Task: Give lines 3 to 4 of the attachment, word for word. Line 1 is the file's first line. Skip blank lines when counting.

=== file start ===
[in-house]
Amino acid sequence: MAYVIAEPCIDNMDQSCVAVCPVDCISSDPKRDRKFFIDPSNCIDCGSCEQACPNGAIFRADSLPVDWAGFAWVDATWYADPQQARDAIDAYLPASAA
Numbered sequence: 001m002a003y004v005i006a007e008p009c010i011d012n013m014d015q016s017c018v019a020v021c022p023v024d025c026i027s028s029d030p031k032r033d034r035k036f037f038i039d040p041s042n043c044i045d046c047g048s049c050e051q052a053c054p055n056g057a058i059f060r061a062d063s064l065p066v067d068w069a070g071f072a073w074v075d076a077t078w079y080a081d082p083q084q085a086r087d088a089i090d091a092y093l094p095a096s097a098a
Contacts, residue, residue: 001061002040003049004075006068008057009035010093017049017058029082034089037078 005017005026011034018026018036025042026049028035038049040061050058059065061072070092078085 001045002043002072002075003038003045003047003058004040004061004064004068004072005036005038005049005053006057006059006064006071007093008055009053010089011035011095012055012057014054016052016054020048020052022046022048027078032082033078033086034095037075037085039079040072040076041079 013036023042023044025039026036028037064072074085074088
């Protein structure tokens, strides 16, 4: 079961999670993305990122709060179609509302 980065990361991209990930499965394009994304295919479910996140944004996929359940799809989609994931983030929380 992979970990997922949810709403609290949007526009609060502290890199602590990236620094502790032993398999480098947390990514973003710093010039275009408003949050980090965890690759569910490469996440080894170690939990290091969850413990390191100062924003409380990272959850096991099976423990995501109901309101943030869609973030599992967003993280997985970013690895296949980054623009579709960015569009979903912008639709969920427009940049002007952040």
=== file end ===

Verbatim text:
Numbered sequence: 001m002a003y004v005i006a007e008p009c010i011d012n013m014d015q016s017c018v019a020v021c022p023v024d025c026i027s028s029d030p031k032r033d034r035k036f037f038i039d040p041s042n043c044i045d046c047g048s049c050e051q052a053c054p055n056g057a058i059f060r061a062d063s064l065p066v067d068w069a070g071f072a073w074v075d076a077t078w079y080a081d082p083q084q085a086r087d088a089i090d091a092y093l094p095a096s097a098a
Contacts, residue, residue: 001061002040003049004075006068008057009035010093017049017058029082034089037078 005017005026011034018026018036025042026049028035038049040061050058059065061072070092078085 001045002043002072002075003038003045003047003058004040004061004064004068004072005036005038005049005053006057006059006064006071007093008055009053010089011035011095012055012057014054016052016054020048020052022046022048027078032082033078033086034095037075037085039079040072040076041079 013036023042023044025039026036028037064072074085074088